See also: Ibi and IBI

AlabamaEdit

EtymologyEdit

Cognate with Choctaw abi (to kill), Chickasaw abi (to kill)

VerbEdit

ibi

  1. to kill

BalineseEdit

AdverbEdit

ibi

  1. yesterday

BasqueEdit

EtymologyEdit

10th century; from Proto-Basque *ib- (compare ibar (valley)).

NounEdit

ibi

  1. ford

InterlinguaEdit

EtymologyEdit

From Italian vi, Spanish ahí, Portuguese , and French y, ultimately from Latin ibi.

AdverbEdit

ibi

  1. there

SynonymsEdit


LatinEdit

Etymology 1Edit

From Proto-Italic *iðei or Proto-Italic *ifei with iambic shortening, from the pronominal stem Proto-Indo-European *éy, whence also is. In the first case cognate to Sanskrit इह (iha, here), Proto-Indo-Aryan *Hidʰá (here), Avestan 𐬌𐬛𐬁(idā, here, in the same way), in the latter recalls the ins.pl. suffix *-bʰi. The same suffix is present in ubi ~ ubī.

PronunciationEdit

AdverbEdit

ibi or ibī (not comparable)

  1. in that place, there
    Ubī est id? — Ibī est id.
    Where is it? — There it is.
  2. (of time) then, thereupon
Derived termsEdit
Related termsEdit
DescendantsEdit
  • Italo-Romance:
    • Italian: ivi, vi quivi
  • Sardinian:
  • Gallo-Italic:
    • Piedmontese: i
  • Northern Gallo-Romance:
    • Old French: iv (Oaths of Strasbourg)
  • Southern Gallo-Romance:
    • Catalan: hi
    • Occitan: i
    • Aragonese: i, bi, ibi
      • Ribagorçan: ie (enclitic)
  • Ibero-Romance:
    • Asturian: ehí
    • Navarro-Aragonese: ive, ye
    • Old Portuguese: i, y
      • Galician:
      • Portuguese:
    • Old Spanish: y
  • Borrowings:

See alsoEdit

Etymology 2Edit

PronunciationEdit

NounEdit

ībī

  1. dative/ablative singular of ībis

ReferencesEdit


PhuthiEdit

NounEdit

íbí 9 (plural tíbí 10)

  1. sin

InflectionEdit

This noun needs an inflection-table template.


SardinianEdit

Alternative formsEdit

EtymologyEdit

From Latin ibi. Found in various Nuorese-speaking towns, along with the variant ibe.

AdverbEdit

ibi

  1. there

ReferencesEdit

  • Wagner, Max Leopold (1960–1964), “íƀi”, in Dizionario etimologico sardo, Heidelberg

TimucuaEdit

NounEdit

ibi

  1. water

ReferencesEdit

  • Julian Granberry, A Grammar and Dictionary of the Timucua Language (1993, →ISBN

TirurayEdit

NounEdit

ibi

  1. iguana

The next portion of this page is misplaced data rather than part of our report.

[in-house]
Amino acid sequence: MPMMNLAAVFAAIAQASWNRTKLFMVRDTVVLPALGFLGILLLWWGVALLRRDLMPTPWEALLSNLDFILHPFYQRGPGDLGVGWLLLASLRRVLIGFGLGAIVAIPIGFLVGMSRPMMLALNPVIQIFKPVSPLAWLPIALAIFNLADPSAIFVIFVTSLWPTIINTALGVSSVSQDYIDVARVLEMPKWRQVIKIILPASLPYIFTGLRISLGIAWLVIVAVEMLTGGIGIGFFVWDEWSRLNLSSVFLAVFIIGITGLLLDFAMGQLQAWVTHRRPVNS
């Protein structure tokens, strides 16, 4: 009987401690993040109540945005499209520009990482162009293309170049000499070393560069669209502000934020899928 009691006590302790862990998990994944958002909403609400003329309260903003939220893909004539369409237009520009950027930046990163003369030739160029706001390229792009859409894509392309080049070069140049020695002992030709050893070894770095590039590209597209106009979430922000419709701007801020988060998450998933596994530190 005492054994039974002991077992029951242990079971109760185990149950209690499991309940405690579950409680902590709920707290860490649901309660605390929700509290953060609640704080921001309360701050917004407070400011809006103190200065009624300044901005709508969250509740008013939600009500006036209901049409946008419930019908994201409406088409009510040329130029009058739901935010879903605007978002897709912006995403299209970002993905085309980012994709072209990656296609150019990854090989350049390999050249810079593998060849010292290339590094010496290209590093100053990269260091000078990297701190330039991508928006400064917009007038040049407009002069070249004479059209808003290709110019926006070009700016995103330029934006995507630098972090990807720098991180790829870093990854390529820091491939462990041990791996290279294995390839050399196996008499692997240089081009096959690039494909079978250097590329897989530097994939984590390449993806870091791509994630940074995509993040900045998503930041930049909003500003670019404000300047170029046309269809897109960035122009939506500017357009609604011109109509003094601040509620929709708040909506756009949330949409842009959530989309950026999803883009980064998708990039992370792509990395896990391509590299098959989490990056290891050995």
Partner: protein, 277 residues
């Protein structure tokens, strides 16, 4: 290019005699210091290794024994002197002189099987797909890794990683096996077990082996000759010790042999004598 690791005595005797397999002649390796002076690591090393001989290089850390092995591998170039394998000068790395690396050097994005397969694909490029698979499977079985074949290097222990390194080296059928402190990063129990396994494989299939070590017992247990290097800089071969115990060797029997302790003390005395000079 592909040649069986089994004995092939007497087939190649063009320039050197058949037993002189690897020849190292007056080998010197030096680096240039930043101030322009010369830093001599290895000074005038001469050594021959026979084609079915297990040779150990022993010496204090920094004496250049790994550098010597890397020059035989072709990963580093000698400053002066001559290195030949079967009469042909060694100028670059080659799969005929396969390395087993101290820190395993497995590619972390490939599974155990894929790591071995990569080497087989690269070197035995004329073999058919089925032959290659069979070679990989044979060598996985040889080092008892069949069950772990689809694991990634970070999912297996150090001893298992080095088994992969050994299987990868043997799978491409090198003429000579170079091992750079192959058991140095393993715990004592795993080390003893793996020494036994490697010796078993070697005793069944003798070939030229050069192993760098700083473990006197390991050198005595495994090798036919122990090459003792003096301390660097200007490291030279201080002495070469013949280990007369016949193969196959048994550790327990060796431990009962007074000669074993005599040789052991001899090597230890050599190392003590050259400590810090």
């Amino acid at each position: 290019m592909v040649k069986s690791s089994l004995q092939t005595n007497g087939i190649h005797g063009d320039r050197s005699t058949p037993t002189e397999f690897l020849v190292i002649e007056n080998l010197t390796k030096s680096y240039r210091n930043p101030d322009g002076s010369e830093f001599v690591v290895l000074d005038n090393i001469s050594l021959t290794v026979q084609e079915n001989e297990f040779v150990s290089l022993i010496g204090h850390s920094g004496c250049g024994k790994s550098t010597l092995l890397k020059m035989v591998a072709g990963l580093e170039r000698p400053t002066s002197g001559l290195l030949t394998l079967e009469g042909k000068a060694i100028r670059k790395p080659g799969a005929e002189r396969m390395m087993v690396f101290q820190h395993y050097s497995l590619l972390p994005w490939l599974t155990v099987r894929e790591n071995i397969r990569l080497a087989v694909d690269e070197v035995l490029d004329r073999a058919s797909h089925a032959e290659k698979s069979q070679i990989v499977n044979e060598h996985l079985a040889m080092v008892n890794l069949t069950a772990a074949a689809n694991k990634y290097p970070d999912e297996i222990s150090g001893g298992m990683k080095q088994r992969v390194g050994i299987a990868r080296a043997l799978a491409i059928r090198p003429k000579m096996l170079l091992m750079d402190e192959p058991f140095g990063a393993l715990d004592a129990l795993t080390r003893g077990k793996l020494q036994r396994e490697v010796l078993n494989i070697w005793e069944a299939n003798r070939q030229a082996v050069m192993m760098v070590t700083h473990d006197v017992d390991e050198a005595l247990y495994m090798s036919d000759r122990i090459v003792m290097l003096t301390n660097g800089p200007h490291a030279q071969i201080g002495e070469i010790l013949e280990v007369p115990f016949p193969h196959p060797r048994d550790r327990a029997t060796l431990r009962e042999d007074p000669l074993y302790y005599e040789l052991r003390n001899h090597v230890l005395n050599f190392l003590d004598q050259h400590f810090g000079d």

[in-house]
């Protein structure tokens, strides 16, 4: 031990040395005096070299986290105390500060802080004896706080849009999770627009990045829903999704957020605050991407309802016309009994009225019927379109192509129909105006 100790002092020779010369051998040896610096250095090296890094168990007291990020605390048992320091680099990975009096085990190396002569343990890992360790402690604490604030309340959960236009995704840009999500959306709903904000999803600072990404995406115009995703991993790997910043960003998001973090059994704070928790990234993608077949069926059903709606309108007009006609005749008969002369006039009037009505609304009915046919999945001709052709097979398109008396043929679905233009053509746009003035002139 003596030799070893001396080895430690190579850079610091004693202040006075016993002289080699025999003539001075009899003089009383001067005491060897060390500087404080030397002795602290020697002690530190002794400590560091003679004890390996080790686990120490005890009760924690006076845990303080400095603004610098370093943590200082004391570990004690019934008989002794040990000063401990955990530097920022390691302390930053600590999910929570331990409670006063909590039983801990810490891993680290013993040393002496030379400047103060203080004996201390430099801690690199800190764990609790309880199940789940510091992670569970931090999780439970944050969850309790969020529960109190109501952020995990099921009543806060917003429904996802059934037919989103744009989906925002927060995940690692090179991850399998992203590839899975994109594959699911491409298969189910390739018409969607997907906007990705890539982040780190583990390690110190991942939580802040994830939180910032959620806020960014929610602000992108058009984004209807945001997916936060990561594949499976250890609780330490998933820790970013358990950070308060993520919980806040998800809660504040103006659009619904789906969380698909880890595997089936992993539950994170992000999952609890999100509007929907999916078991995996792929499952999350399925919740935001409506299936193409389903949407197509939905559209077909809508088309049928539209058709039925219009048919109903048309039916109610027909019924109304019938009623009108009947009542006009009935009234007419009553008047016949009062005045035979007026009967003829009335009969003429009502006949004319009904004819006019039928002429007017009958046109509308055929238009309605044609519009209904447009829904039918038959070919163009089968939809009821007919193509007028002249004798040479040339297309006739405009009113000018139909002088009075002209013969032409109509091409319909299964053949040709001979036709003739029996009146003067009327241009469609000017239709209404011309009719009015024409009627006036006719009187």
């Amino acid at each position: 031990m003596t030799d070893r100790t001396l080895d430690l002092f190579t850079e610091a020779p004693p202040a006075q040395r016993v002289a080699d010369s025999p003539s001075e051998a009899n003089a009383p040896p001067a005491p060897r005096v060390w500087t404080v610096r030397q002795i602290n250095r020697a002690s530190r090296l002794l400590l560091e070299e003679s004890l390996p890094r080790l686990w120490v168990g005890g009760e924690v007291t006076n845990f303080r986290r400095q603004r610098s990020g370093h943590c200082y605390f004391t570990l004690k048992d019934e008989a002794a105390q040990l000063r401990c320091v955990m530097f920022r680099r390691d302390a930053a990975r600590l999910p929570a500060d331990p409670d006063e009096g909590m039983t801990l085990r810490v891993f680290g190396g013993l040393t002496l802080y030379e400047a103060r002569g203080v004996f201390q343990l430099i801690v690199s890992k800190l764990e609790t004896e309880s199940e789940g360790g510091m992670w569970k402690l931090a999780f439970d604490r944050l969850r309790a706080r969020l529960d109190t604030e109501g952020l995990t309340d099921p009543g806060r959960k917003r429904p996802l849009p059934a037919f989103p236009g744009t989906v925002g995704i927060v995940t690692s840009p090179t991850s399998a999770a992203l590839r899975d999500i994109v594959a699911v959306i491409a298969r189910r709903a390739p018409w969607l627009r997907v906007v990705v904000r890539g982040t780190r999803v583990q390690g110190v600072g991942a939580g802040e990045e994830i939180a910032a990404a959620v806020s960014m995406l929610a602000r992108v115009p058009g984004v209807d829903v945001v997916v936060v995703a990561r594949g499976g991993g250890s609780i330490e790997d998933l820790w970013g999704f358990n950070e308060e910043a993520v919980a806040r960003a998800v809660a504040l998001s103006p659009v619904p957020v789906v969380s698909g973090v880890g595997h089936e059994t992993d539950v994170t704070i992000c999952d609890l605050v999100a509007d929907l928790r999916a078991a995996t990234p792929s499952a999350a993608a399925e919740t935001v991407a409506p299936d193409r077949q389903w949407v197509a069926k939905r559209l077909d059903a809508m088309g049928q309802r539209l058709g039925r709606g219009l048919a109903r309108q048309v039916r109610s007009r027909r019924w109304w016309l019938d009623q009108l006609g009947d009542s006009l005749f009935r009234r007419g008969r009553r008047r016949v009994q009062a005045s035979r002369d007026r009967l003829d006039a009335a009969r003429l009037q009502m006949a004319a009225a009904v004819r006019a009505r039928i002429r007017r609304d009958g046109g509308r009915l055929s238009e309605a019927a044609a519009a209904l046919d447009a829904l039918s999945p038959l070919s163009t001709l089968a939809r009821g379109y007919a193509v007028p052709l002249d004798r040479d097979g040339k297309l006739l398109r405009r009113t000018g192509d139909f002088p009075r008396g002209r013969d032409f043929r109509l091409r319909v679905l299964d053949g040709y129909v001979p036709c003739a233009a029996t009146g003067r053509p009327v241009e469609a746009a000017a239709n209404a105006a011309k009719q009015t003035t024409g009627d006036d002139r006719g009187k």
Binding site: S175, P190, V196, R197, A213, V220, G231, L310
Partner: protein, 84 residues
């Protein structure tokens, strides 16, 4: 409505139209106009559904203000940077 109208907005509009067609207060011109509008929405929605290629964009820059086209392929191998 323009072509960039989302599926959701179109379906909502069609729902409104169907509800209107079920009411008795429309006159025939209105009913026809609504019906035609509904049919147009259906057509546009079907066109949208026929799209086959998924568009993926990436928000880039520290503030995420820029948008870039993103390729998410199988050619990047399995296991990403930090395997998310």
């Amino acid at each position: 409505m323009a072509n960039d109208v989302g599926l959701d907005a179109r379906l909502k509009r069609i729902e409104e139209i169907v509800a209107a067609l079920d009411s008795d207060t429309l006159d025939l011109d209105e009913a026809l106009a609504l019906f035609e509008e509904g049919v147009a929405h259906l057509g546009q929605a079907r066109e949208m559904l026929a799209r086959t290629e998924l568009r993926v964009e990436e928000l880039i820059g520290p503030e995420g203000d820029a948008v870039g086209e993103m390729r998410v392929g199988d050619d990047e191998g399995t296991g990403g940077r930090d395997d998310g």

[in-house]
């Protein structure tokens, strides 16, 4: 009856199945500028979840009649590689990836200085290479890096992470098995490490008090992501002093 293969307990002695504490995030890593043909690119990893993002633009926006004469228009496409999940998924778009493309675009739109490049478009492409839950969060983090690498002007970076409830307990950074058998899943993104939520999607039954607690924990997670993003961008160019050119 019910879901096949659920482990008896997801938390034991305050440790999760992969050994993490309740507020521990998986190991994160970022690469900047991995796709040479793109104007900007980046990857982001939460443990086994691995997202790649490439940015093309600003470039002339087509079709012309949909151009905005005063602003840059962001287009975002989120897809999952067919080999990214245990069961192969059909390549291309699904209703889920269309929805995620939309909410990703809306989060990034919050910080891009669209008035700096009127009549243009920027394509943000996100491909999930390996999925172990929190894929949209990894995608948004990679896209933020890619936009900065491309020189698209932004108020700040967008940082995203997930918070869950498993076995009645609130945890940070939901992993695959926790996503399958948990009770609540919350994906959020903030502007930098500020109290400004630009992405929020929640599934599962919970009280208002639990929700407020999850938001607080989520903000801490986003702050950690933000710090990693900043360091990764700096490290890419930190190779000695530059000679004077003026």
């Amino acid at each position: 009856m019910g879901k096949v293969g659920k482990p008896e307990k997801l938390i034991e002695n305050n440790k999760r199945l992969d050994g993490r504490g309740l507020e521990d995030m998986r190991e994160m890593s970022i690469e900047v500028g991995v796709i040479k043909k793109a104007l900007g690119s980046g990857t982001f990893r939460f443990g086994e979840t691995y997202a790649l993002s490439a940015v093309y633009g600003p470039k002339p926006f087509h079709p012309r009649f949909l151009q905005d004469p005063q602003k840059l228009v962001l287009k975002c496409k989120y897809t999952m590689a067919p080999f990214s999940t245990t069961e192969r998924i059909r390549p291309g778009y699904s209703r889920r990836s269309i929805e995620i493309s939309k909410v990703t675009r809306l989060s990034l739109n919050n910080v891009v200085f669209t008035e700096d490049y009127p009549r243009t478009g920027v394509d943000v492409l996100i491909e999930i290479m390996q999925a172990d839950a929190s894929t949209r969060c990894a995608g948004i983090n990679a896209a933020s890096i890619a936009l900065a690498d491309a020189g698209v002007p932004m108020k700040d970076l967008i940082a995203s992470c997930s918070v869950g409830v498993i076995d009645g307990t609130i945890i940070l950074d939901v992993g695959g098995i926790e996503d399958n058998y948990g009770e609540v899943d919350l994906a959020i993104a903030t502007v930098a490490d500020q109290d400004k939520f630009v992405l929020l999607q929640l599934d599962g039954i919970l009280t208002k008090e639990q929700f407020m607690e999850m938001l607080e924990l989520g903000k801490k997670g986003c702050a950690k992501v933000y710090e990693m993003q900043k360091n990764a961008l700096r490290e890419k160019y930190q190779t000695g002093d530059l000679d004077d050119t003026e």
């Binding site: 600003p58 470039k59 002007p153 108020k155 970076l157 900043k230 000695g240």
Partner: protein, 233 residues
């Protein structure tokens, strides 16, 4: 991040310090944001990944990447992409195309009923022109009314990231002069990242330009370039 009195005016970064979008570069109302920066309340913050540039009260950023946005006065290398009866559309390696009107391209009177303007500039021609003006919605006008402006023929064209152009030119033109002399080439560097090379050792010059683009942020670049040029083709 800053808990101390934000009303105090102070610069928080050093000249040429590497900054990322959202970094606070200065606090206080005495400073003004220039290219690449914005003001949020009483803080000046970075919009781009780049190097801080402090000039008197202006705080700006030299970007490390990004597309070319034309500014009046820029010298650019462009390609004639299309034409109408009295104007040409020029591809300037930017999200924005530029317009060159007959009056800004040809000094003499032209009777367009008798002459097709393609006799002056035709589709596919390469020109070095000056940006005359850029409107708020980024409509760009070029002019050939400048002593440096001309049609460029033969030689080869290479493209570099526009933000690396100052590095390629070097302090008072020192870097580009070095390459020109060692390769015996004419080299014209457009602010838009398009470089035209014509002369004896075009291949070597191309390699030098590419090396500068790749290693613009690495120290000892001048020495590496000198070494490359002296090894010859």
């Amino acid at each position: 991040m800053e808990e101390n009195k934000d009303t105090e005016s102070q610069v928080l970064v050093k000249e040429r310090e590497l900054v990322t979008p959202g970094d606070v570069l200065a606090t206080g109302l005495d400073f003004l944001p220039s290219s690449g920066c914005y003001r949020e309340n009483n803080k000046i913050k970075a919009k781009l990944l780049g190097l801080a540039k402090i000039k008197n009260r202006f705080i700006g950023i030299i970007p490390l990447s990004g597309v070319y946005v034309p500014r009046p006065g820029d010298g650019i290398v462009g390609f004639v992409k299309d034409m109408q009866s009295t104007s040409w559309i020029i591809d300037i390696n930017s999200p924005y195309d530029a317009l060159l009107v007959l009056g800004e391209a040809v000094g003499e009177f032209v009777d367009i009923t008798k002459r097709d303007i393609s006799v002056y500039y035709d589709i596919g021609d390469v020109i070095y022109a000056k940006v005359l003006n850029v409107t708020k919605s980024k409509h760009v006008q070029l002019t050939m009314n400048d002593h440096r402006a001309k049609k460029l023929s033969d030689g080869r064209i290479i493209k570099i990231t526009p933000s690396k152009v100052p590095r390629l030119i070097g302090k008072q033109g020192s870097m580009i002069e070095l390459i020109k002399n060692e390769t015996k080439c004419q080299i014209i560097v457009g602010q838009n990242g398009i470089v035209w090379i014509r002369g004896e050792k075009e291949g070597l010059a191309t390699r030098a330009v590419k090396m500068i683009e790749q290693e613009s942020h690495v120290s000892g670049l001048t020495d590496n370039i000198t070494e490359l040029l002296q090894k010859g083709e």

YorubaEdit

Etymology 1Edit

PronunciationEdit

NounEdit

ìbì

  1. pushing, rolling, swaying of something
    Ìbì omi òkunThe rolling of the waves of the ocean
Derived termsEdit

Etymology 2Edit

ì- (nominalizing prefix) +‎ bi (to question, enquire)

PronunciationEdit

NounEdit

ìbi

  1. questioning, question, enquiring
    Synonym: ìbéèrè
Derived termsEdit

Etymology 3Edit

PronunciationEdit

NounEdit

ìbi or ìbí

  1. ancestry
Derived termsEdit

Etymology 4Edit

ì- (nominalizing prefix) +‎ (to give birth to)

PronunciationEdit

NounEdit

ìbí

  1. birth
  2. ancestry
Derived termsEdit

Etymology 5Edit

PronunciationEdit

NounEdit

ibí

  1. this place or location, here
    Ibí l'a gbé sin babaHere is where we buried the father

Etymology 6Edit

PronunciationEdit

NounEdit

ibi

  1. place, locus, location
    Synonyms: ibẹ̀, ibè
    Ibi òmíràn-án jẹ́ ilẹ̀ rere; ibi òmíràn-án jẹ́ ilẹ̀ aṣálẹ̀Some places have good soil, other places are barren land
  2. position, point, degree
  3. somewhere
  4. reason, on account of, perspective of
    Ibi ajá ni a ti ń mọ òkúrorò àpọ́nIt is from the perspective of the dog that we know of the mean bachelor
    (proverb on perspective)
Derived termsEdit

Etymology 7Edit

PronunciationEdit

NounEdit

ibi

  1. placenta
    Synonym: ibi-ọmọ
    Ijọ́ a bá ríbi ni ibi í wọlẹ̀The day we see the placenta is the day we bury it in the ground

Etymology 8Edit

PronunciationEdit

NounEdit

ibi

  1. evil, wickedness
    Synonyms: búburú, ìwà burúkú, bìlísì
    Wọ́n fi ibi san án fun olóoreThey repaid their benefactor with evil
  2. misfortune, tragedy
    Ibi bá wọ́nThey encountered great misfortune
Derived termsEdit